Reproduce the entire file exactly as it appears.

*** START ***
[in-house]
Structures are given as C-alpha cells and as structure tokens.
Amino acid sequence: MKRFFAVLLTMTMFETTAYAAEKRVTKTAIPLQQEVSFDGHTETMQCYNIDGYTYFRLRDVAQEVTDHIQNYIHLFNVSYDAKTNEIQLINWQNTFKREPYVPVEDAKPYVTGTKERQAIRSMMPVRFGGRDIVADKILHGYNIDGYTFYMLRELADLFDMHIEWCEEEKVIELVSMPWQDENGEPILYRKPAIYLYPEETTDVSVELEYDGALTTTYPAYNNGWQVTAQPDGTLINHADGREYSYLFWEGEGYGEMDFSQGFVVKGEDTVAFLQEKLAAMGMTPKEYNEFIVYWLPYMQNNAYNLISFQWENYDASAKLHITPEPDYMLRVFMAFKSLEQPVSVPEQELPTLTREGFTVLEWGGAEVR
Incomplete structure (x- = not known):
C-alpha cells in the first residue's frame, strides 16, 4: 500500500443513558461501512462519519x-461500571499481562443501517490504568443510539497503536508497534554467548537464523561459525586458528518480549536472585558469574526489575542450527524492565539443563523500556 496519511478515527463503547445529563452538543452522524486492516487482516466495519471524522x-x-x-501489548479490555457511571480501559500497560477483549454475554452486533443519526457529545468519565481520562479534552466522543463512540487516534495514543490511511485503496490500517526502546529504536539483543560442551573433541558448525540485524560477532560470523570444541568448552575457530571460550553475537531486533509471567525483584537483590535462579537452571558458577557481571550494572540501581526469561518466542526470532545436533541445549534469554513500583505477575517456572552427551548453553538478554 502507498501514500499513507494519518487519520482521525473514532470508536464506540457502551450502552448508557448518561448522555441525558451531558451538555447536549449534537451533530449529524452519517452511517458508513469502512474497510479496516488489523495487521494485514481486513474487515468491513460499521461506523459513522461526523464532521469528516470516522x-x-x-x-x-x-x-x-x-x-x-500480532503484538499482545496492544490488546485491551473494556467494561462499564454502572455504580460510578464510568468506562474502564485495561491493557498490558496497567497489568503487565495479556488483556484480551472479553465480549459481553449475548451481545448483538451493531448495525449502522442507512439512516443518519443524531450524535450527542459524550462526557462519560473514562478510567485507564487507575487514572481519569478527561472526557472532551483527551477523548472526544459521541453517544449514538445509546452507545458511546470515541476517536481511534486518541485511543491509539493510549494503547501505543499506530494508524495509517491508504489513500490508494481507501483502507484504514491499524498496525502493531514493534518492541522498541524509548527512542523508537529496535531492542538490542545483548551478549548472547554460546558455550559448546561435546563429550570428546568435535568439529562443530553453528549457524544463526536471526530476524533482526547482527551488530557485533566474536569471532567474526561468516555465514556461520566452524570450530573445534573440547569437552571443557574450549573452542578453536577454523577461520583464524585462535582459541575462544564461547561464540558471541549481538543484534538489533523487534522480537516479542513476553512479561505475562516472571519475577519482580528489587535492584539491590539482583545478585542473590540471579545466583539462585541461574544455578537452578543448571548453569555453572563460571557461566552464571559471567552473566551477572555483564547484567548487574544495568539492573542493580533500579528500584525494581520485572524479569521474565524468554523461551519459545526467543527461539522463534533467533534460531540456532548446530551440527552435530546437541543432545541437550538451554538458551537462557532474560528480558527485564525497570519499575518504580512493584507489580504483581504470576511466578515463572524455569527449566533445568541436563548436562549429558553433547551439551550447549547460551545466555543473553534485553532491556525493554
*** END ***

[in-house]
Structures are given as C-alpha cells and as structure tokens.
Amino acid sequence: MKRFFAVLLTMTMFETTAYAAEKRVTKTAIPLQQEVSFDGHTETMQCYNIDGYTYFRLRDVAQEVTDHIQNYIHLFNVSYDAKTNEIQLINWQNTFKREPYVPVEDAKPYVTGTKERQAIRSMMPVRFGGRDIVADKILHGYNIDGYTFYMLRELADLFDMHIEWCEEEKVIELVSMPWQDENGEPILYRKPAIYLYPEETTDVSVELEYDGALTTTYPAYNNGWQVTAQPDGTLINHADGREYSYLFWEGEGYGEMDFSQGFVVKGEDTVAFLQEKLAAMGMTPKEYNEFIVYWLPYMQNNAYNLISFQWENYDASAKLHITPEPDYMLRVFMAFKSLEQPVSVPEQELPTLTREGFTVLEWGGAEVR
Incomplete structure (x- = not known):
C-alpha cells in the first residue's frame, strides 16, 4: 500500500443513558461501512462519519x-461500571499481562443501517490504568443510539497503536508497534554467548537464523561459525586458528518480549536472585558469574526489575542450527524492565539443563523500556 496519511478515527463503547445529563452538543452522524486492516487482516466495519471524522x-x-x-501489548479490555457511571480501559500497560477483549454475554452486533443519526457529545468519565481520562479534552466522543463512540487516534495514543490511511485503496490500517526502546529504536539483543560442551573433541558448525540485524560477532560470523570444541568448552575457530571460550553475537531486533509471567525483584537483590535462579537452571558458577557481571550494572540501581526469561518466542526470532545436533541445549534469554513500583505477575517456572552427551548453553538478554 502507498501514500499513507494519518487519520482521525473514532470508536464506540457502551450502552448508557448518561448522555441525558451531558451538555447536549449534537451533530449529524452519517452511517458508513469502512474497510479496516488489523495487521494485514481486513474487515468491513460499521461506523459513522461526523464532521469528516470516522x-x-x-x-x-x-x-x-x-x-x-500480532503484538499482545496492544490488546485491551473494556467494561462499564454502572455504580460510578464510568468506562474502564485495561491493557498490558496497567497489568503487565495479556488483556484480551472479553465480549459481553449475548451481545448483538451493531448495525449502522442507512439512516443518519443524531450524535450527542459524550462526557462519560473514562478510567485507564487507575487514572481519569478527561472526557472532551483527551477523548472526544459521541453517544449514538445509546452507545458511546470515541476517536481511534486518541485511543491509539493510549494503547501505543499506530494508524495509517491508504489513500490508494481507501483502507484504514491499524498496525502493531514493534518492541522498541524509548527512542523508537529496535531492542538490542545483548551478549548472547554460546558455550559448546561435546563429550570428546568435535568439529562443530553453528549457524544463526536471526530476524533482526547482527551488530557485533566474536569471532567474526561468516555465514556461520566452524570450530573445534573440547569437552571443557574450549573452542578453536577454523577461520583464524585462535582459541575462544564461547561464540558471541549481538543484534538489533523487534522480537516479542513476553512479561505475562516472571519475577519482580528489587535492584539491590539482583545478585542473590540471579545466583539462585541461574544455578537452578543448571548453569555453572563460571557461566552464571559471567552473566551477572555483564547484567548487574544495568539492573542493580533500579528500584525494581520485572524479569521474565524468554523461551519459545526467543527461539522463534533467533534460531540456532548446530551440527552435530546437541543432545541437550538451554538458551537462557532474560528480558527485564525497570519499575518504580512493584507489580504483581504470576511466578515463572524455569527449566533445568541436563548436562549429558553433547551439551550447549547460551545466555543473553534485553532491556525493554